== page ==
Banana: A banana is an edible fruit produced by several kinds of large herbaceous flowering plants in the genus Musa. (In some countries, bananas used for cooking may be called plantains.) The fruit is variable in size, color and firmness, but is usually elongated and curved, with soft flesh rich in starch covered with a rind which may be green, yellow, red, purple, or brown when ripe.
Bearberries are three species of dwarf shrubs in the genus Arctostaphylos. Unlike the other species of Arctostaphylos (see manzanita), they are adapted to Arctic and Subarctic climates, and have a circumpolar distribution in northern North America, Asia and Europe, one with a small highly disjunctive population in Central America. The leaves are picked any time during the summer and dried for use in infusions, liquid extracts, medicinal tea bags and tablets believed to be potentially effective in folk medicine.
Bilberry is any of several Eurasian species of low-growing shrubs in the genus Vaccinium (family Ericaceae), bearing edible, nearly black berries. The species most often referred to is Vaccinium myrtillus L., but there are several other closely related species. Bilberries are distinct from blueberries but closely related to them.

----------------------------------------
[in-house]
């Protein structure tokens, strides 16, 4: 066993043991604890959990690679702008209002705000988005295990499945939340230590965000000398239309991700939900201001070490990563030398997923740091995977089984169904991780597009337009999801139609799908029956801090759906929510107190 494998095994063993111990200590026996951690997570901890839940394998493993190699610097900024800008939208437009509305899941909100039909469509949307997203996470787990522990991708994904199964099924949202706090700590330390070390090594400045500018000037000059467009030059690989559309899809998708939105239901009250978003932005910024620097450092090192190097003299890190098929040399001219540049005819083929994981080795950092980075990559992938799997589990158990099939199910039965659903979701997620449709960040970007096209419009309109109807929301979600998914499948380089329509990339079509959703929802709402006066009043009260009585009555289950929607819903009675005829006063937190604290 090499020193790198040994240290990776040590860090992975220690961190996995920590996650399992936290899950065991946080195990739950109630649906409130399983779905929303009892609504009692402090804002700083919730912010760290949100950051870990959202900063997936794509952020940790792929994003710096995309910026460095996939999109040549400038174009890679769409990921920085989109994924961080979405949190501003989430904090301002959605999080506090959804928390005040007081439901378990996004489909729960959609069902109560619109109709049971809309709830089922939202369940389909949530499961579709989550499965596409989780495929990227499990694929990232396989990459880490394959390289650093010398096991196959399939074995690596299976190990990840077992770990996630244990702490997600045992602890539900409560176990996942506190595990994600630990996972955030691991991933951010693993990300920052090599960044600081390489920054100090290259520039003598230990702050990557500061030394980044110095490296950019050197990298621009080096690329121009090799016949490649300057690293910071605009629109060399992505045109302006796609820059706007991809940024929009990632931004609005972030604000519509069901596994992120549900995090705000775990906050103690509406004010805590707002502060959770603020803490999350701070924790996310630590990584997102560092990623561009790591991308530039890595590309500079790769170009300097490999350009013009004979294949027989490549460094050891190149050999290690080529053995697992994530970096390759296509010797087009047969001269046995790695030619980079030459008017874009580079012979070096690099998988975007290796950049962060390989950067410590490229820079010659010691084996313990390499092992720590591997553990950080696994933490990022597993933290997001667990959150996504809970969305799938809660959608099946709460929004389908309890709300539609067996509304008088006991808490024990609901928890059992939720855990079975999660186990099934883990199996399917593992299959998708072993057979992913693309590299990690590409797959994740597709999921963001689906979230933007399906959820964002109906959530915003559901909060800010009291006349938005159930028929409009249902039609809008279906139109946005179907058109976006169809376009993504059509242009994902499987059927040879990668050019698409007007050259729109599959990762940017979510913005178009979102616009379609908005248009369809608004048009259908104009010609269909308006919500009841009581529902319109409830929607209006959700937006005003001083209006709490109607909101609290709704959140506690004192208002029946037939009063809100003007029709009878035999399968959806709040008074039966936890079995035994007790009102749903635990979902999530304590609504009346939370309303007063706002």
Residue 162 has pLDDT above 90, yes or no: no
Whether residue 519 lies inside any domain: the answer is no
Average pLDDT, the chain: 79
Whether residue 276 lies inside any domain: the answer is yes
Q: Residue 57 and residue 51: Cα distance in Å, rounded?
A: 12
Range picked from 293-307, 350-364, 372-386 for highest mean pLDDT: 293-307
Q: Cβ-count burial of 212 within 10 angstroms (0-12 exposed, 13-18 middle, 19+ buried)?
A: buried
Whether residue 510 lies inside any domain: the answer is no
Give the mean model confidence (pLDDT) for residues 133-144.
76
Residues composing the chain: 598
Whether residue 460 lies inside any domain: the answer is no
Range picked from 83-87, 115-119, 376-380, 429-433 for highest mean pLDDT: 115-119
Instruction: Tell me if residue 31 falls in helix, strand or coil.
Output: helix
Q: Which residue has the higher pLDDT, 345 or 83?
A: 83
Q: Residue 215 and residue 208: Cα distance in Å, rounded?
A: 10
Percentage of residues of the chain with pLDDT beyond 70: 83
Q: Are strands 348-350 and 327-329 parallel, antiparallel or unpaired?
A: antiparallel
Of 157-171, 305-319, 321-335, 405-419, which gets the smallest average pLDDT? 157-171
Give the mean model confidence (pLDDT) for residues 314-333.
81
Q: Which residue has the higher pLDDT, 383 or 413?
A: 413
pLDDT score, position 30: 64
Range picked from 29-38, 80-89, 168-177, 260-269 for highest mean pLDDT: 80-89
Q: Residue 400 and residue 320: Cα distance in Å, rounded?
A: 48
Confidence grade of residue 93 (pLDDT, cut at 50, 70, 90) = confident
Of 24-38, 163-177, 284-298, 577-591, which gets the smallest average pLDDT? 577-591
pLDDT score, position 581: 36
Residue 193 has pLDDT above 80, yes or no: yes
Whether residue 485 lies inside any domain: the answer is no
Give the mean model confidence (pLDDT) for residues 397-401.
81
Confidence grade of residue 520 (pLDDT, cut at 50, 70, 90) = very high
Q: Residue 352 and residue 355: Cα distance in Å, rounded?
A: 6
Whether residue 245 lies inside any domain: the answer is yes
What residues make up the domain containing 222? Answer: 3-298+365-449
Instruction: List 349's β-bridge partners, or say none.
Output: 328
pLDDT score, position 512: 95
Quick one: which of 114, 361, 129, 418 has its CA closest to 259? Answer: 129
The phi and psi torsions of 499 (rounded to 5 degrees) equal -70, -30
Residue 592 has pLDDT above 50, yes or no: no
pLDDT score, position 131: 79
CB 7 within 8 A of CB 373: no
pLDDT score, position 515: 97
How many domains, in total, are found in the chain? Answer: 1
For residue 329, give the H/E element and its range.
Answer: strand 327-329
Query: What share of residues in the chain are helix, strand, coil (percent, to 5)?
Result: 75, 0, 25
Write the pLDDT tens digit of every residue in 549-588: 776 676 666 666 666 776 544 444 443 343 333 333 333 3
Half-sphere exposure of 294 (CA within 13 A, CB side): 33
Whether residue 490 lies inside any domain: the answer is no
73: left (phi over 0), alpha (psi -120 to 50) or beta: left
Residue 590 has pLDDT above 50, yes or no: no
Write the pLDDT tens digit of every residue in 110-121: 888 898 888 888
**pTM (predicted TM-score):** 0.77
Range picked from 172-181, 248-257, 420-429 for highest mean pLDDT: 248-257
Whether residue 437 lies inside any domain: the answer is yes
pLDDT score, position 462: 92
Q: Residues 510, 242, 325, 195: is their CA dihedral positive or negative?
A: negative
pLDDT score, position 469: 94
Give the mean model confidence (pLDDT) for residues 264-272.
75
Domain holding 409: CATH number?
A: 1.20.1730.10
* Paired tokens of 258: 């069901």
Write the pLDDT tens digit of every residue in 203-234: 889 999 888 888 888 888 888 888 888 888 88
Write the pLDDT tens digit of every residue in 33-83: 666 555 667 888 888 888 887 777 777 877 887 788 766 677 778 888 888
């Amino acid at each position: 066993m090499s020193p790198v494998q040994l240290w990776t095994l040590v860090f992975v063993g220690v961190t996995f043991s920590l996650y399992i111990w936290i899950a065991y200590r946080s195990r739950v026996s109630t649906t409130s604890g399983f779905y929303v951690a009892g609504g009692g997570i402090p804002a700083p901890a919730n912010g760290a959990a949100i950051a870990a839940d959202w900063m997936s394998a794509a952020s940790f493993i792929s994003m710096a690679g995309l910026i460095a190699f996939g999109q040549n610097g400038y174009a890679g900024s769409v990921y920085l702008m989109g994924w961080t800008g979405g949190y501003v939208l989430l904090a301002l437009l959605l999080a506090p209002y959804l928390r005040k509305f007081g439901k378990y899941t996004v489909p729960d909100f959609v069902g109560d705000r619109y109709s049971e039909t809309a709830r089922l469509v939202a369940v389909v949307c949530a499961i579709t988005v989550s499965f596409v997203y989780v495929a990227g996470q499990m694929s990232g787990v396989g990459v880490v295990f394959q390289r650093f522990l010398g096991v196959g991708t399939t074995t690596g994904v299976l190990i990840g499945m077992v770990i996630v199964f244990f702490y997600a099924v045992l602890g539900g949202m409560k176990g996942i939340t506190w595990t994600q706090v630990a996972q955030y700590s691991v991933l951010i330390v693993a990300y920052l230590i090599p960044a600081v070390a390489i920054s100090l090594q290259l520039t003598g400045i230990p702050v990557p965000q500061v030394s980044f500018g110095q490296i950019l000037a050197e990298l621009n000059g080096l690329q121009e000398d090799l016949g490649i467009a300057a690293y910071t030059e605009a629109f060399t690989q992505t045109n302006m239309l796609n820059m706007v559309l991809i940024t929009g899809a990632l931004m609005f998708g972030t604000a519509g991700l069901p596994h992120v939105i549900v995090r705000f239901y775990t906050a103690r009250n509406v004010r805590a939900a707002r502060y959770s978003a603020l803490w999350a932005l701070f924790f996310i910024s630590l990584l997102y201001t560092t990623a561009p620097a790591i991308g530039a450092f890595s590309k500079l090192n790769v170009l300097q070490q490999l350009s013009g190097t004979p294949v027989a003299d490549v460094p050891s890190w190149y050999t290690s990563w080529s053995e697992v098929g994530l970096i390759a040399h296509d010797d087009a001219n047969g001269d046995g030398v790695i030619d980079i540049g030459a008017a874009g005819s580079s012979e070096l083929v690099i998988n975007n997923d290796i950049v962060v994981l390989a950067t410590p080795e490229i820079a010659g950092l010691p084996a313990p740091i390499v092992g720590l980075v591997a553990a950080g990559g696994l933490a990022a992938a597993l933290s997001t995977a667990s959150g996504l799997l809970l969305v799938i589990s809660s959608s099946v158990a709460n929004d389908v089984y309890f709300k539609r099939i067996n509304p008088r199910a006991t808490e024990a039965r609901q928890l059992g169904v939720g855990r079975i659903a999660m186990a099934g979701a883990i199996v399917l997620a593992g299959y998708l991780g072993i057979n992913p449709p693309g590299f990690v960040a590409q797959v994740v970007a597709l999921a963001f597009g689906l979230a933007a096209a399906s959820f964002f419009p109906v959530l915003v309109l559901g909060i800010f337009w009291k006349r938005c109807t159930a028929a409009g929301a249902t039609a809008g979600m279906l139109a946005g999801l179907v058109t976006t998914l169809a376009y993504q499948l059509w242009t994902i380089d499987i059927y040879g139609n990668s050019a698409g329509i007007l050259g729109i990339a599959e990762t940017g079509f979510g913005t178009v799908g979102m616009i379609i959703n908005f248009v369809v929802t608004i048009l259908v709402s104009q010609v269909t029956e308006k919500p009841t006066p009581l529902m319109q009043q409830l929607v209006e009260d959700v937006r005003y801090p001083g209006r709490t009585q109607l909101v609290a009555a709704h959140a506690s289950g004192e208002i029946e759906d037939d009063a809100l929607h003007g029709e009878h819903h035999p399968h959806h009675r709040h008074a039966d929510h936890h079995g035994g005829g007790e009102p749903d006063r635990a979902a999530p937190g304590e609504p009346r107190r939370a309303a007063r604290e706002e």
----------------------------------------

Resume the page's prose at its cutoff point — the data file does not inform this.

Bilimbi (commonly known as bilimbi, cucumber tree, or tree sorrel) is a fruit-bearing tree of the genus Averrhoa, family Oxalidaceae. It is a close relative of carambola tree. originated in Moluccas, Indonesia, the species are now cultivated and found throughout the Philippines, Indonesia, Sri Lanka, Bangladesh, Maldives, Myanmar (Burma) and Malaysia. It is also common in other Southeast Asian countries. In India, where it is usually found in gardens, the bilimbi has gone wild in the warmest regions of the country.
Biriba: is a species of flowering plant in the custard-apple family, Annonaceae, that is native to tropical South America. It is cultivated for its edible fruits, commonly known as biriba, throughout the world’s tropics and subtropics. The fruit is large, conical or round, green when unripe, ripening to yellow. Its surface is covered with soft spines. The fruit pulp is very soft and sweet, tasting somewhat like a lemon meringue pie. Some reports of the flavor are extremely favorable, others more moderate. It is generally eaten out of hand, though some chefs have used it for cooking, and wine has been made out of it in Brazil.